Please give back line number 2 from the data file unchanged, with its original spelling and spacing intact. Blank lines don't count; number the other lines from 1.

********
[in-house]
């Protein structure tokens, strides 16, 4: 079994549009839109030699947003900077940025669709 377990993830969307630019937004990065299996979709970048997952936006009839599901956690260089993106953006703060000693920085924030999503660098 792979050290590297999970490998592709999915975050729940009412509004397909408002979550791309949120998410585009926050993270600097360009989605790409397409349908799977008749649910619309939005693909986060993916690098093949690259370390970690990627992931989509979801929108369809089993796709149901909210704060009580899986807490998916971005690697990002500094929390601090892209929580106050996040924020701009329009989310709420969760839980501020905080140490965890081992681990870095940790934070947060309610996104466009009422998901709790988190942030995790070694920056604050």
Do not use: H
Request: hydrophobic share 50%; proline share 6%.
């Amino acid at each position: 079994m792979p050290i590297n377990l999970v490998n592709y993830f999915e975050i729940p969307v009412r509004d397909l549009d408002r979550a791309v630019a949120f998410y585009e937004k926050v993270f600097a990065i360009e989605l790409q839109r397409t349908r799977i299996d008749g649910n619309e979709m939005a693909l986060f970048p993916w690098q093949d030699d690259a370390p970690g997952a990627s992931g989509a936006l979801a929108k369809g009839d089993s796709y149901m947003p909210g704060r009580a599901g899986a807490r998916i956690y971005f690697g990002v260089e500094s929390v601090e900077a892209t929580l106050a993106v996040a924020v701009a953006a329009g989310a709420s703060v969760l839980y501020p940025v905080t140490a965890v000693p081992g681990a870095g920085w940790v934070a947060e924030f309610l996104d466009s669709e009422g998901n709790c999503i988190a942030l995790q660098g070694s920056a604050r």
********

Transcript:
């Protein structure tokens, strides 16, 4: 079994549009839109030699947003900077940025669709 377990993830969307630019937004990065299996979709970048997952936006009839599901956690260089993106953006703060000693920085924030999503660098 792979050290590297999970490998592709999915975050729940009412509004397909408002979550791309949120998410585009926050993270600097360009989605790409397409349908799977008749649910619309939005693909986060993916690098093949690259370390970690990627992931989509979801929108369809089993796709149901909210704060009580899986807490998916971005690697990002500094929390601090892209929580106050996040924020701009329009989310709420969760839980501020905080140490965890081992681990870095940790934070947060309610996104466009009422998901709790988190942030995790070694920056604050």